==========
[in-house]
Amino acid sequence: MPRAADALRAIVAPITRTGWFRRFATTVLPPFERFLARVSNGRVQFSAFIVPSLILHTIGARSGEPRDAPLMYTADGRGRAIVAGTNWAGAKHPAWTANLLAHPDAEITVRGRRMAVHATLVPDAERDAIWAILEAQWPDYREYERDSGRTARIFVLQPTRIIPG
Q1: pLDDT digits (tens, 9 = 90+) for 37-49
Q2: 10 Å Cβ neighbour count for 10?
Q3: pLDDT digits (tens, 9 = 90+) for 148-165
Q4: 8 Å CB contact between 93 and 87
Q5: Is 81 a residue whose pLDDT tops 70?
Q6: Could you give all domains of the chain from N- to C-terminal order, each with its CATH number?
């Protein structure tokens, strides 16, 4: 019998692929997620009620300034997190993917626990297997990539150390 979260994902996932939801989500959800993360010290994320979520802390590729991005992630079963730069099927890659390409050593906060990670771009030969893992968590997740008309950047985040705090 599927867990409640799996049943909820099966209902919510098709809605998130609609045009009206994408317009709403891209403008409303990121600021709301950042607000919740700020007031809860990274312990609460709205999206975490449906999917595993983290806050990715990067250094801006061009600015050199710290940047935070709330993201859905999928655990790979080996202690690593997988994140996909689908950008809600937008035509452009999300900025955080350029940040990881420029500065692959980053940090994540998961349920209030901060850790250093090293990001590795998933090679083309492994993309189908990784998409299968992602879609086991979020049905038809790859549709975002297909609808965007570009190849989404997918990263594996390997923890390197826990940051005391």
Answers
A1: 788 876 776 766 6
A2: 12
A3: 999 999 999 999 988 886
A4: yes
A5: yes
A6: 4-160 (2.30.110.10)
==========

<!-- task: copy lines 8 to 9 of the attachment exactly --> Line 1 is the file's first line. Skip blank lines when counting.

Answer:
Q6: Could you give all domains of the chain from N- to C-terminal order, each with its CATH number?
């Protein structure tokens, strides 16, 4: 019998692929997620009620300034997190993917626990297997990539150390 979260994902996932939801989500959800993360010290994320979520802390590729991005992630079963730069099927890659390409050593906060990670771009030969893992968590997740008309950047985040705090 599927867990409640799996049943909820099966209902919510098709809605998130609609045009009206994408317009709403891209403008409303990121600021709301950042607000919740700020007031809860990274312990609460709205999206975490449906999917595993983290806050990715990067250094801006061009600015050199710290940047935070709330993201859905999928655990790979080996202690690593997988994140996909689908950008809600937008035509452009999300900025955080350029940040990881420029500065692959980053940090994540998961349920209030901060850790250093090293990001590795998933090679083309492994993309189908990784998409299968992602879609086991979020049905038809790859549709975002297909609808965007570009190849989404997918990263594996390997923890390197826990940051005391």